Our top five blogs from 2018

Number five

Alice Sharman | 31 December 2018

From GDPR to safeguarding scandals, 2018 has been another eventful year in the fundraising sector. The diverse range of topics covered in the blogs on the IoF blog page give a real insight into what the last 365 days have brought.

As the year draws to a close, we have summarised our top five most popular blogs from the year.

1. Polly Neate: If you work for a charity you are a fundraiser – and that includes the CEO

The Chief Executive of Shelter, Polly Neate, wrote about her conversation with a street fundraiser raising money for her own charity and how he made her feel proud and inspired. She said that if it is true that some charity CEOs undervalue fundraisers, there are big problems ahead.

In her blog she said that “fundraisers need resilience. So they deserve both support and appreciation for doing a tough job. But that’s just the start”.

She added: “If you work for a charity, you’re a fundraiser. If you don’t consider yourself one, then you’re definitely not a good one, and that’s bad news for anyone who depends on your charity.”

Read the blog here.

2. Daniel Fluskey: What does the Oxfam story mean for fundraising?

In February, The Times ran a front page story that accused international aid charity Oxfam of covering up the use of prostitutes by its aid workers in Haiti. What followed was several months of investigations, editorials and resignations following safeguarding concerns within the aid sector.

Daniel Fluskey, our head of policy and external affairs, wrote about what the Oxfam coverage meant for fundraising, and in some cases charities and public donations.

In his blog he wrote about the likely impact on public trust and confidence, and whether there was anything to learn from the ‘fundraising crisis’ of 2015.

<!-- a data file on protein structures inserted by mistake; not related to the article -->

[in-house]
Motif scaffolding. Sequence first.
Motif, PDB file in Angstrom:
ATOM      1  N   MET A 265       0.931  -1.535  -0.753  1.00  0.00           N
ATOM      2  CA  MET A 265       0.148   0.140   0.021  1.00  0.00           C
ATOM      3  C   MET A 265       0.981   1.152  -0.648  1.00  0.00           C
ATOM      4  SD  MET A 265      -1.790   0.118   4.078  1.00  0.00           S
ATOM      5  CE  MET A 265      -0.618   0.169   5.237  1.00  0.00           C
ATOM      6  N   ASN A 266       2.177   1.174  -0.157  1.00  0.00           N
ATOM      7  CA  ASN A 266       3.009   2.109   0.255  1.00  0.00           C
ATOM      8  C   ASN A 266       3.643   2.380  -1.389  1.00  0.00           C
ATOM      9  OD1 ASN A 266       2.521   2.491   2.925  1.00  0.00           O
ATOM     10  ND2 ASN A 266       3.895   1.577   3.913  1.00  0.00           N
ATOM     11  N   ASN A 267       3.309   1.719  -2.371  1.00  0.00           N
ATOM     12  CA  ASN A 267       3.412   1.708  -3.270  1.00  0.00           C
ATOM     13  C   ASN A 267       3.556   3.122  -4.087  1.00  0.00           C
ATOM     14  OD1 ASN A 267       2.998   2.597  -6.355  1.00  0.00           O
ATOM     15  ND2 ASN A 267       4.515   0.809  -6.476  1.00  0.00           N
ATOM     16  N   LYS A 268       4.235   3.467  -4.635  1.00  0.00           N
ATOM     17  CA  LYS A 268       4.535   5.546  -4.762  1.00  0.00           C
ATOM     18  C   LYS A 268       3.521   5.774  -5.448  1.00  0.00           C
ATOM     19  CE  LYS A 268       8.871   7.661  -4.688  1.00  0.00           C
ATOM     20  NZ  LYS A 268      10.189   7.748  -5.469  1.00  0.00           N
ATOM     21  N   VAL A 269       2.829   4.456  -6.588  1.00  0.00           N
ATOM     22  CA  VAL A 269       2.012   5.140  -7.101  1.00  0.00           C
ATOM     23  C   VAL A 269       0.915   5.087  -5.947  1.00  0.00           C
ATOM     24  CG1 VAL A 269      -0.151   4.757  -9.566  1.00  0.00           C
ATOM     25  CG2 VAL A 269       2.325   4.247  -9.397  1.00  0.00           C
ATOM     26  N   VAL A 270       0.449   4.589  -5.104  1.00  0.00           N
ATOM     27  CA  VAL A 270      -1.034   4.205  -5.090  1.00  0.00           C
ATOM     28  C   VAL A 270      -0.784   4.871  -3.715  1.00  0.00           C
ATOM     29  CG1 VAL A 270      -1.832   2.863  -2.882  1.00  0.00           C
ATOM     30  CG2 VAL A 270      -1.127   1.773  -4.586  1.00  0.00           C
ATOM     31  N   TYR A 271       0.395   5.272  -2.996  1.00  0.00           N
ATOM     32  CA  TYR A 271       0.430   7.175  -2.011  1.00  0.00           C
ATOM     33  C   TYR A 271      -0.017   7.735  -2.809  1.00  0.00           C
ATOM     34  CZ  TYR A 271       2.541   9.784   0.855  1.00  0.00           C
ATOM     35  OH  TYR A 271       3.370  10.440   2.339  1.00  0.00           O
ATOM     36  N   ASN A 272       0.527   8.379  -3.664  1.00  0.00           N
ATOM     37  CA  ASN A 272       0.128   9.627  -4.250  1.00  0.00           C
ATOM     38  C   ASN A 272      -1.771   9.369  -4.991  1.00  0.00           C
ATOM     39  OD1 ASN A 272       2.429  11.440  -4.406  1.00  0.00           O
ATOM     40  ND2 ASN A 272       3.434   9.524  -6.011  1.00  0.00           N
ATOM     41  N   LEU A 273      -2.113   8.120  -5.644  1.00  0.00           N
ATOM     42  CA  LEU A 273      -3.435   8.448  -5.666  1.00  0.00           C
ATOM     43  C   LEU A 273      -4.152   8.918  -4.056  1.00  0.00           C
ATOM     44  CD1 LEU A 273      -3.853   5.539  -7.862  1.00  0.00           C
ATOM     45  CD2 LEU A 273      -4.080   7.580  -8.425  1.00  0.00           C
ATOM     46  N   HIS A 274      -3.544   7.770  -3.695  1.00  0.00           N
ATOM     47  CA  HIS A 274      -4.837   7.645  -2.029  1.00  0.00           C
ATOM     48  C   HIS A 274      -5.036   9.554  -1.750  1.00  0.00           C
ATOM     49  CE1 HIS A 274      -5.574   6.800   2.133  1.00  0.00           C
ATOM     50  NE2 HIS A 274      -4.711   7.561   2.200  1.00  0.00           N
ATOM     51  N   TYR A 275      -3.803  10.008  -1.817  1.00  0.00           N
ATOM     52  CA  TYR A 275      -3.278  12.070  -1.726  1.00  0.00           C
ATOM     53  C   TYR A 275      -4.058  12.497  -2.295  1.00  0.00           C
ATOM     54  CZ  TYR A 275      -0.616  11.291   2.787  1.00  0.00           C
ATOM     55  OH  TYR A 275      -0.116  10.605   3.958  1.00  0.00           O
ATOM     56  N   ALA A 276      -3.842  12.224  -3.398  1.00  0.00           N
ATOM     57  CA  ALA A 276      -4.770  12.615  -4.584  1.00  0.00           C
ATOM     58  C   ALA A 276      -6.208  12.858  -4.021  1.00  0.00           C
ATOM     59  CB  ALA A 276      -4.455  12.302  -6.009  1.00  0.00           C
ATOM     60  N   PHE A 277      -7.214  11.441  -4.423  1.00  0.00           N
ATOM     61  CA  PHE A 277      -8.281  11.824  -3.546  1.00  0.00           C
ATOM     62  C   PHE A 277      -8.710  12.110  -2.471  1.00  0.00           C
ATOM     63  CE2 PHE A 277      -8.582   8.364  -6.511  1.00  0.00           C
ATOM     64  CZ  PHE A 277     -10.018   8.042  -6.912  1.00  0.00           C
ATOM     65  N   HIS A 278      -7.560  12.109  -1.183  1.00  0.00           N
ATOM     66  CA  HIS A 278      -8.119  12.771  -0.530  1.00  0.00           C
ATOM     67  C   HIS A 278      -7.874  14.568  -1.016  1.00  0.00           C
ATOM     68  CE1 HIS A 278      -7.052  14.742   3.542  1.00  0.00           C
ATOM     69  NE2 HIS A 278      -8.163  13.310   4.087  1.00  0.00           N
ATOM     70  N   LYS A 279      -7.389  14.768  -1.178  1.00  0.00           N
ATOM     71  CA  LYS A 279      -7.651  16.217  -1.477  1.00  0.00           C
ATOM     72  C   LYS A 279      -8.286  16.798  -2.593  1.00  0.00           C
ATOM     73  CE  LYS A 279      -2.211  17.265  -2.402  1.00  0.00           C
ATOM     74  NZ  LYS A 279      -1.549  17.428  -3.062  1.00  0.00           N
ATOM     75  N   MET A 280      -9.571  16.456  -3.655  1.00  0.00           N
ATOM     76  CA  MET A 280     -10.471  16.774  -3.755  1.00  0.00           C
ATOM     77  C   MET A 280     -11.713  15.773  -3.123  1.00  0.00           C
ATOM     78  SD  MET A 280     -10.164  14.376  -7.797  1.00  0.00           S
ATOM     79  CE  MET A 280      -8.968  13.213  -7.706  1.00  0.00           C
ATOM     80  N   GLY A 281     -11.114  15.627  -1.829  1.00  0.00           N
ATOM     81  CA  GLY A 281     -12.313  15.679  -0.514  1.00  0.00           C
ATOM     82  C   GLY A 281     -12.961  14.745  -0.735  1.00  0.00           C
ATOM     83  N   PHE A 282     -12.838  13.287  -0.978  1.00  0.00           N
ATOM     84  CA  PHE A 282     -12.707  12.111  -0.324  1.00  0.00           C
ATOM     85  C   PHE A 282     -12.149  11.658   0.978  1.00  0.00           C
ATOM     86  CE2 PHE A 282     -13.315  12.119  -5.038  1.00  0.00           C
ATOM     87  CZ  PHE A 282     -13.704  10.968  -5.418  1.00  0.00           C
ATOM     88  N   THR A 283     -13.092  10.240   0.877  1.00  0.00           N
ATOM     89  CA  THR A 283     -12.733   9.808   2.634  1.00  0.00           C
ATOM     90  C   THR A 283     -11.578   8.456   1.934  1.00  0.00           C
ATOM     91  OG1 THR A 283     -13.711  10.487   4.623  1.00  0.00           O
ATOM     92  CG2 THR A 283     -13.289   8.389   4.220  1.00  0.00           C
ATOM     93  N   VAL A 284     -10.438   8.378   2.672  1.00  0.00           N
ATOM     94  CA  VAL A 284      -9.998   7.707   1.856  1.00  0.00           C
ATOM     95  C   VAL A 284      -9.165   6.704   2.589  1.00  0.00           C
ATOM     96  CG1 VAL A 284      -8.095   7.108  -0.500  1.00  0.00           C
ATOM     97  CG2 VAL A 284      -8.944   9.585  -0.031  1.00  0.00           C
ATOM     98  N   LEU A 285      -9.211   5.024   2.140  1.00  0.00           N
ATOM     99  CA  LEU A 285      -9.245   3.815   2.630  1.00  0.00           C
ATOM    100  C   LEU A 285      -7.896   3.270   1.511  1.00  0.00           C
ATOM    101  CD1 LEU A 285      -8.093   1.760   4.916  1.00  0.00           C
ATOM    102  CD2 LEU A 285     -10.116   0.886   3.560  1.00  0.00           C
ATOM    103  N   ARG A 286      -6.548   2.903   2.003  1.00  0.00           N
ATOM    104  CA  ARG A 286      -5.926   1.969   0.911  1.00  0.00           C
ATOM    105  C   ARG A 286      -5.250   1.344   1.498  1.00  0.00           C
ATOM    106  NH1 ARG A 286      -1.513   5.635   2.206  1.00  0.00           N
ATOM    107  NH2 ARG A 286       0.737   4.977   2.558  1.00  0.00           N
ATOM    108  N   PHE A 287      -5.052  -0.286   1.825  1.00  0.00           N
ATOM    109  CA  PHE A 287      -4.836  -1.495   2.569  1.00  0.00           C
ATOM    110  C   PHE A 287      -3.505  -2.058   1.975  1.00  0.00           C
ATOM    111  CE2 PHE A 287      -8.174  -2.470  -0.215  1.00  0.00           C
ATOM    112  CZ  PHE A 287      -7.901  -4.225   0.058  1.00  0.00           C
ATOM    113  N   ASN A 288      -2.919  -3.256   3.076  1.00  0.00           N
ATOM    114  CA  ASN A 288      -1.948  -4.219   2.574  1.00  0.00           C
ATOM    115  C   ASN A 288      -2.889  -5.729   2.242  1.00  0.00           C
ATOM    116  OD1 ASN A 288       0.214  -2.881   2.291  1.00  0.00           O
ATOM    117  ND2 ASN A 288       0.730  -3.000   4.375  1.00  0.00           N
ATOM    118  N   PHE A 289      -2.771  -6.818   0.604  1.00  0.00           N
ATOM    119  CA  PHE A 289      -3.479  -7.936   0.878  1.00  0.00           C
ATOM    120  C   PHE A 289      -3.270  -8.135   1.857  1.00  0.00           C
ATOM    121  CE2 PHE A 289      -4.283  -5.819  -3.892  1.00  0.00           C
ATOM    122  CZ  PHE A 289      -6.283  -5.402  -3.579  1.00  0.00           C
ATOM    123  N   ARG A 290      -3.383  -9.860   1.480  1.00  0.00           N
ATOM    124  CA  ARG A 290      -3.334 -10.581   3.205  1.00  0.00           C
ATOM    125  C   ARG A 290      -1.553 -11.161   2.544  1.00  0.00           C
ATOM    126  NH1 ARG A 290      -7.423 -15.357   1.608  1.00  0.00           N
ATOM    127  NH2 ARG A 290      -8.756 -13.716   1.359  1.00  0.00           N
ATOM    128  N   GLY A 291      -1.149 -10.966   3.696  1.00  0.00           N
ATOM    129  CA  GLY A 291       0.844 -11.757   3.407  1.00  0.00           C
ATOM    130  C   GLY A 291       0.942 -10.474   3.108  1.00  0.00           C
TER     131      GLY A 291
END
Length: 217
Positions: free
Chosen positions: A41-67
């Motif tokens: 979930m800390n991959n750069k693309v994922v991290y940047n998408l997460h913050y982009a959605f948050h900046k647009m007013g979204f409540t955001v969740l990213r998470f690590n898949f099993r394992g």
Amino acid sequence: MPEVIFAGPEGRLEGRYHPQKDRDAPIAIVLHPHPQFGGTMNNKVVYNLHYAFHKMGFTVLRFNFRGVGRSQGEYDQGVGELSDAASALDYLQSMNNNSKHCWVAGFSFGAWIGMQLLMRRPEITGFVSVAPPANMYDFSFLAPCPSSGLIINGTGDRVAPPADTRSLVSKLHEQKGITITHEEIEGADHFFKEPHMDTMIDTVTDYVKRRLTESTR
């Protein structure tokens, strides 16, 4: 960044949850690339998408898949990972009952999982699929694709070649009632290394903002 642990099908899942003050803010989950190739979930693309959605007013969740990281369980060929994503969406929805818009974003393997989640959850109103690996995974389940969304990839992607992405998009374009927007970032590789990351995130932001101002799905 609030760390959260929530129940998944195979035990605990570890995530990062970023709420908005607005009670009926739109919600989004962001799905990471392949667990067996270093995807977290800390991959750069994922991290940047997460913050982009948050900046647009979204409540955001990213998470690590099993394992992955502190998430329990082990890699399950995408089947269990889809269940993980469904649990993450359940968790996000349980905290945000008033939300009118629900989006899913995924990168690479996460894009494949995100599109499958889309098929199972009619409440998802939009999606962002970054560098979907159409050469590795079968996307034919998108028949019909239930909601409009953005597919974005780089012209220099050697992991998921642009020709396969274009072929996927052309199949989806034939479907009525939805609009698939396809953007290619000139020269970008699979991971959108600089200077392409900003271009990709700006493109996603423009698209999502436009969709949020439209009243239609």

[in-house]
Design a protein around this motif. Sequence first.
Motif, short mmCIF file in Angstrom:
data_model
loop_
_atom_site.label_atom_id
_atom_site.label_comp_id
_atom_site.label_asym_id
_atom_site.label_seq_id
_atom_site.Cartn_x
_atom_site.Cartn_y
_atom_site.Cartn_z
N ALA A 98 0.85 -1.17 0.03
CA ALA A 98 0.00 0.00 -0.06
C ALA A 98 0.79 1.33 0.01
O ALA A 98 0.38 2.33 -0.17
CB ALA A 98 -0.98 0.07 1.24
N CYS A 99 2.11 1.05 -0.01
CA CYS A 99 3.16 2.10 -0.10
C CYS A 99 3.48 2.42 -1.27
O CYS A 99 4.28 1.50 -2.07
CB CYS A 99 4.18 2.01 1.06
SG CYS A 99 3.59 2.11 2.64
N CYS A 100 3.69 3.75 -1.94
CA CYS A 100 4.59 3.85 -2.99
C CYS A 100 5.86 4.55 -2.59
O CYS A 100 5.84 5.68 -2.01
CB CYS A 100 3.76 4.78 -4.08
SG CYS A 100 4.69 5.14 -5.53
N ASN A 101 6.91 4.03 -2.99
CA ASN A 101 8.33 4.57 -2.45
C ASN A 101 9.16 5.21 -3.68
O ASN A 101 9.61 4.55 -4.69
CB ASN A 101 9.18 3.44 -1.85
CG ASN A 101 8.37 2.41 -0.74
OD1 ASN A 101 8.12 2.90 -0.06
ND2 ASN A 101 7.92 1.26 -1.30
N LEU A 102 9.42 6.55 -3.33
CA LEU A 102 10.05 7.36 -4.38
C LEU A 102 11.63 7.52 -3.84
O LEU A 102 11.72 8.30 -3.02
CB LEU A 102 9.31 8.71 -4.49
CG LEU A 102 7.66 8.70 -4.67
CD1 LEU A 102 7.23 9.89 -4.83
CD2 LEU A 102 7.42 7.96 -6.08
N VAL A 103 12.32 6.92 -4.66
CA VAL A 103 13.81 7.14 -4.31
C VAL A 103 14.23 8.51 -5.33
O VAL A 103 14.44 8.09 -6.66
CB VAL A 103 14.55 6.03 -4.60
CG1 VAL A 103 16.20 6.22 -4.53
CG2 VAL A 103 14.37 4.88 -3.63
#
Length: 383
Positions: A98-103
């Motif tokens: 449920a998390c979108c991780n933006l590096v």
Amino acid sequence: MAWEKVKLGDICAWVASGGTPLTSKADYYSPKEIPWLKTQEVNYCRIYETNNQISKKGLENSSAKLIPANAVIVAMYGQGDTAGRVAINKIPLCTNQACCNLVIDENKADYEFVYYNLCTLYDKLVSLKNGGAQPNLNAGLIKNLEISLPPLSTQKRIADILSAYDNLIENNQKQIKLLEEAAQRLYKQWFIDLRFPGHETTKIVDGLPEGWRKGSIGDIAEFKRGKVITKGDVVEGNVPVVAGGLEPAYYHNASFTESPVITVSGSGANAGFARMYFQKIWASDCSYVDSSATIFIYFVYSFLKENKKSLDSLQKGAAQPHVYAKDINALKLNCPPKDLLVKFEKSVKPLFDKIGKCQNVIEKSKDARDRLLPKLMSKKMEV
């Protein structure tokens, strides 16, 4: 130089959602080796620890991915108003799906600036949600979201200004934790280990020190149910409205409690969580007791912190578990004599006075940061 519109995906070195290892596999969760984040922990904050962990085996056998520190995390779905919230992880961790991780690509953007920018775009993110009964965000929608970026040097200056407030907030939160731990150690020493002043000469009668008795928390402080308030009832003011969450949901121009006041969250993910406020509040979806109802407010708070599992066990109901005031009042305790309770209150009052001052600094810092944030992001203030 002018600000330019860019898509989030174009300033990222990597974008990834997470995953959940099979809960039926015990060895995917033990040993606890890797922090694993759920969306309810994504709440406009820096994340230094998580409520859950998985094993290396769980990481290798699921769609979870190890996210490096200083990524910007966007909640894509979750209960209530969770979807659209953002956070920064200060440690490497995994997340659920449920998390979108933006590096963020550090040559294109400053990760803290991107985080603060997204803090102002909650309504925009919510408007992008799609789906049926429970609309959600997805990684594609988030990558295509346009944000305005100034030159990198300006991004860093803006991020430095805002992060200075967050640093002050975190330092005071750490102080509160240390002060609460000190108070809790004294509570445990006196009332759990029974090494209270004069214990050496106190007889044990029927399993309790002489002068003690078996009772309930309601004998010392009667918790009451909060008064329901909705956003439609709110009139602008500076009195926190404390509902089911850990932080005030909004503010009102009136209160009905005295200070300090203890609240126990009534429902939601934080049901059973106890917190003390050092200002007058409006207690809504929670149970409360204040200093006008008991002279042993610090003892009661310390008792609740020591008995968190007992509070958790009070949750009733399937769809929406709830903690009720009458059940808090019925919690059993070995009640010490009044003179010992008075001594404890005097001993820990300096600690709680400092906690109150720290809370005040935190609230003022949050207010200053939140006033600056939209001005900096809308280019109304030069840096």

Read the blog here.

3. Daniel Fluskey: (Legitimately) interesting times

The other big topic for the year was the new General Data Protection Regulations which came into force on 25 May 2018.
The new rules were preceded by months of speculation of what they would mean, what the impact would be on fundraisers and concerns that it would lead to less charitable donations.

In March, the Information Commissioner’s Office long-awaited Legitimate interests guidance was published. Daniel Fluskey explained what the guidance said and what it meant for fundraisers.

Read the blog here.

4. Beth Breeze: Three myths about fundraising that need exploding

Dr. Beth Breeze, director of the Centre for Philanthropy at the University of Kent, spent the last three years interviewing and surveying over 1,200 professional fundraisers in the UK, to find out who they are, what they do, why they chose this work and what makes them tick for her book The New Fundraisers: Who organises charitable giving in contemporary society?

She said that “time and again the data highlights sharp differences between public perceptions of fundraising and what actually happens on the front line of raising the money that charities need to do their good work”.

In this blog she outlines three key myths about fundraising that need exploding, and reveals that “philanthropists and fundraisers are largely cut from the same cloth - they share many similar motivations, drivers and pleasures”.

Read the blog here.

5. Matthew Sherrington: To support diversity and inclusivity, first understand your own privilege

The need to strengthen the diversity of the fundraising sector has been at the forefront of a lot of our activities this year. At the beginning of 2018 the IoF appointed a panel of experts to help improve diversity in the fundraising profession. Last month we launched the Change Collective movement, part of our journey for an equal, diverse and inclusive profession where everyone is the right fit.

Back in July, Matthew Sherrington, Independent Communications and Leadership Consultant at Inspiring Action, and Fundraising Convention board member, wrote about how in order to support diversity and inclusivity, we must realise that we have unearned privileges.

He wrote: “We just don’t think hard enough about our advantages, and what it means for others without them. Those without our privileges, on the other hand, are all too aware of them.”

Read the blog here.

Alice Sharman, Content Manager, Institute of Fundraising

 

 

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